POULSOM (WILLIAM) hails from Wiltshire. He received his commercial training in London, but came to Liverpool about 1854, and after serving several years in a merchant's office commenced business as a stevedore and master porter. He is now the largest employer of labour in this way in Liverpool, besides conducting a large business of the same kind in London, under the name of Poulsom & Son. Mr. Poulsom is the patentee, founder, and principal promoter of the Grain Elevator Co., whose method is advantageously used to discharge bulk grain from ships in Liverpool, Glasgow, and other places, giving greater despatch at less cost compared with the old system of hand labour. He also is a director of several companies, including the British Workman Public House Company, known as the Cocoa Rooms, of which he has been several times chairman. He is a total abstainer and temperance advocate, and a member of the Chamber of Commerce. Some years ago, when Bootle was a suburban district of Liverpool, Mr. Poulsom took up his residence there. He was one of the promoters of the charter of incorporation, took great interest in all schemes for the welfare of the people, became very popular, served about ten years in the Corporation as councillor and alderman, and was made mayor in 1880 and re-elected in 1881, during which time the tramways and several public institutions, including the Town Hall and the Park, were opened. He was made a magistrate in 1887. In the Bootle Borough Hospital he has taken much interest from the first, and for the last five years has been chairman of its committee. On retiring from the mayoralty in 1882, he was presented (by public subscription) with his portrait, now hanging in the Council Chamber, and a service of plate for himself and Mrs. Poulsom. Mr. Poulsom is a Liberal in politics, a member of the Liverpool Reform Club, also of the National Liberal Club, London.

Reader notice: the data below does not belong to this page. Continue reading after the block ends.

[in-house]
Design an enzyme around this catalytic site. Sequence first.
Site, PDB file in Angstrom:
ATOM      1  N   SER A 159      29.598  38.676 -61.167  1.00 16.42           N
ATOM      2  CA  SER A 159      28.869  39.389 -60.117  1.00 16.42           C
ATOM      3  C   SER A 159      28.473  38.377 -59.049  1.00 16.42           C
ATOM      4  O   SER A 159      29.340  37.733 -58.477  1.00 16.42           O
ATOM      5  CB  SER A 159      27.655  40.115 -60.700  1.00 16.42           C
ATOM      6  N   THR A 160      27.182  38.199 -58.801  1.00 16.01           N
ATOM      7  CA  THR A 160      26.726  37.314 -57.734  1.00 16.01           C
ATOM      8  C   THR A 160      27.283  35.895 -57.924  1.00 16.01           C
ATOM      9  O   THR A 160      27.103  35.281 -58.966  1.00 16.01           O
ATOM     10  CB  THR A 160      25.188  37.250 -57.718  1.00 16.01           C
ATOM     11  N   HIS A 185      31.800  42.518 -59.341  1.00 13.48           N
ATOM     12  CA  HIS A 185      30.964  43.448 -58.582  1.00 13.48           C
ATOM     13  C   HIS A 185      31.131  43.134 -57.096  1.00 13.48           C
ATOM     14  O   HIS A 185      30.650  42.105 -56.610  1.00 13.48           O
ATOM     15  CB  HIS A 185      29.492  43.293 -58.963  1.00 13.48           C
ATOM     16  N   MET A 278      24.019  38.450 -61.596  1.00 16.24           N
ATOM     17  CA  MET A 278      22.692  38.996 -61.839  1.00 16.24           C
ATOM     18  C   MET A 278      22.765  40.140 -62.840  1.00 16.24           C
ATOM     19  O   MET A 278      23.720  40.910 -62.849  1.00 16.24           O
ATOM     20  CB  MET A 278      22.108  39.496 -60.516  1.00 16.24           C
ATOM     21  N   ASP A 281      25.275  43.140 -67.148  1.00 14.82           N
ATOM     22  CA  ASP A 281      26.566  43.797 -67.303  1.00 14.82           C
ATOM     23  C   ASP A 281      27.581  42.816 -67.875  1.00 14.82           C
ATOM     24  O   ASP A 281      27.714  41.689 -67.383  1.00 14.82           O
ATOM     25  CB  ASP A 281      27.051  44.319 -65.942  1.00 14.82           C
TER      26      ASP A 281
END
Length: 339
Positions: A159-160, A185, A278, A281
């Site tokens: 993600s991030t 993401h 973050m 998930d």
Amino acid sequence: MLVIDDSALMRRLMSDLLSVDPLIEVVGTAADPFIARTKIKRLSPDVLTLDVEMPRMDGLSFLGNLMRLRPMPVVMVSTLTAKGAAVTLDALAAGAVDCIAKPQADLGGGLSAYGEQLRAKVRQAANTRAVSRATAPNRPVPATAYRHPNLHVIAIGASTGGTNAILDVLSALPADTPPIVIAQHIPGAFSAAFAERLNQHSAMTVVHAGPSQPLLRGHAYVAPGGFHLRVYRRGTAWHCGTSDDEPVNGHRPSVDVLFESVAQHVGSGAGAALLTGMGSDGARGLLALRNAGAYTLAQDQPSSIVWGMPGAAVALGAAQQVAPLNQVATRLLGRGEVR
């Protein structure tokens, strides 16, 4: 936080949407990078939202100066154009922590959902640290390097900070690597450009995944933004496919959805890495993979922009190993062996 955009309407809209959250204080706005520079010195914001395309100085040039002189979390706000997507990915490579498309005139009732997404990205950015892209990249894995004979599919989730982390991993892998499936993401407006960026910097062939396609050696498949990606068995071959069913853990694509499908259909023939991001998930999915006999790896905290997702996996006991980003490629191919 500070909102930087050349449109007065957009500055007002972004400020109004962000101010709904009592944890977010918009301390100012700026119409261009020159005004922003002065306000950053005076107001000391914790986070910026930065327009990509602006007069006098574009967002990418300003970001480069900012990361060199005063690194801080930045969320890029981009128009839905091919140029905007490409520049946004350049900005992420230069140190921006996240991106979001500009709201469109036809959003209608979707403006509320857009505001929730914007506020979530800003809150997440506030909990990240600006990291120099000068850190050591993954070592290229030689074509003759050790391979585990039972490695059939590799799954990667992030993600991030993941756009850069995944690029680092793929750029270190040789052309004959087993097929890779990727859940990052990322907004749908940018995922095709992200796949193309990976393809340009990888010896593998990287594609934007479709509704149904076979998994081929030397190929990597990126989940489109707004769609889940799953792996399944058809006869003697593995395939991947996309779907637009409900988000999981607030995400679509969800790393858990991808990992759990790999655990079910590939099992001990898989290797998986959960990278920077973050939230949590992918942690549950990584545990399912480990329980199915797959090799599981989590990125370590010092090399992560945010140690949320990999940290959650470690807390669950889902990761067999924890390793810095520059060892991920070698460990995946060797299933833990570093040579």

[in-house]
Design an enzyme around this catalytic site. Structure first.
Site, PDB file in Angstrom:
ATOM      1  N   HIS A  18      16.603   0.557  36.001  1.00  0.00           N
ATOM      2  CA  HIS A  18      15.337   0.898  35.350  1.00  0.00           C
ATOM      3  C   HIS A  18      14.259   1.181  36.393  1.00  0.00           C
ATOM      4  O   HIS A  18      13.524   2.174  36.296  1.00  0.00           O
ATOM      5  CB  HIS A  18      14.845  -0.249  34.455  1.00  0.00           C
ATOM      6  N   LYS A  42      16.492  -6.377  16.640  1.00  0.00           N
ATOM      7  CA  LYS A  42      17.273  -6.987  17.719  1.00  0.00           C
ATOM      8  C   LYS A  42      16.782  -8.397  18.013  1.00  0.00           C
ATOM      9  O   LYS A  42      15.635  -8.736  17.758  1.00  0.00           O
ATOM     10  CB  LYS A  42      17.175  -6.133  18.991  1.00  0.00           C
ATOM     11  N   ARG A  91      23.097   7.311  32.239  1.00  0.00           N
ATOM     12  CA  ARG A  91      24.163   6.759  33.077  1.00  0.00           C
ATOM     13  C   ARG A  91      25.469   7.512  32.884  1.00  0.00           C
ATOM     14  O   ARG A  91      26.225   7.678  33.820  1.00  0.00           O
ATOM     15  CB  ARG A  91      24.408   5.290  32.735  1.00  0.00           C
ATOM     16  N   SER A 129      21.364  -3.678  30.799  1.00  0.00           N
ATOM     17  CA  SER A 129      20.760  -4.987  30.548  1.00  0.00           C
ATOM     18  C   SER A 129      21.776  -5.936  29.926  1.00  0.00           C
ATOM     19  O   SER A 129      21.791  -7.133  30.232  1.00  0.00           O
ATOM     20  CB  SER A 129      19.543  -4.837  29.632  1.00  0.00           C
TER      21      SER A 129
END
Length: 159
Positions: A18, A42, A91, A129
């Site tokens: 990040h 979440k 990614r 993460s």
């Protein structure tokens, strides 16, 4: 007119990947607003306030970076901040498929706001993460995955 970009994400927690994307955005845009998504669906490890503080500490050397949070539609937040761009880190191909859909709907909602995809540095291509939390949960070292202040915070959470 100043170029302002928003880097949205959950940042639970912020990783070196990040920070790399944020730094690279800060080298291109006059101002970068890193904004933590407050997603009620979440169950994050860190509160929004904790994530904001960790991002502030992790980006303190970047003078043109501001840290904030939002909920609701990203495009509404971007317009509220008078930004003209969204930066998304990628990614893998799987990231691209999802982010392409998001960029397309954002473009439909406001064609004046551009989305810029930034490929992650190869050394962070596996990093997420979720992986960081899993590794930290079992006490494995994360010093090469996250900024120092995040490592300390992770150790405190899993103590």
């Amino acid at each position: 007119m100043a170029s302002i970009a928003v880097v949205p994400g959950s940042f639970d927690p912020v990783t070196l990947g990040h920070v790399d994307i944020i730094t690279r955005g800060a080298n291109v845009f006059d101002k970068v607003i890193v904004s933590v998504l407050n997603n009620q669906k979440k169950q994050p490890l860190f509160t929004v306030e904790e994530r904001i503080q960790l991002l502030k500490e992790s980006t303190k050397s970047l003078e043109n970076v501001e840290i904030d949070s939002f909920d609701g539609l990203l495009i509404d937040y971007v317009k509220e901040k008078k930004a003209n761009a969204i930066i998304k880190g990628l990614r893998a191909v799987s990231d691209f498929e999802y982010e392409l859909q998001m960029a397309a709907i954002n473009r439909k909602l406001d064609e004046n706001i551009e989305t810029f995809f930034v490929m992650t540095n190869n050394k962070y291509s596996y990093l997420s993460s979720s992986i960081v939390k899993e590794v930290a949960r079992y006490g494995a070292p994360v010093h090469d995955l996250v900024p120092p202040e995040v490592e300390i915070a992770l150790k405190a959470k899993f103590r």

POULSOM (Mrs.) is the esteemed wife of Mr. William Poulsom, J.P., twice mayor of Bootle. She has gained a strong hold on the popular regard by systematic good deeds ever since she came to that neighbourhood, a period reaching back to the days, thirty years ago, when all north of Huskisson Dock was open to the sea, with a background of fields, and a few cottages which formed the nucleus of what is now a .,town containing 50,000 inhabitants. She has shown neighbourly and benevolent interest in the poor and needy, striving, while the town rapidly developed, not to lose sight of anything in which she could be useful, and welcoming and organising the efforts of new comers. For the last sixteen years she has been responsible for, and actively managed People's Penny Concerts, held on each Saturday evening during the winter months. These have filled the Town Hall to its utmost capacity, providing much-needed harmless recreation for the masses; and Mrs. Poulsom's judicious arrangements have moreover enabled her, during a long period, to hand over each season an average of £50 to the Borough Hospital.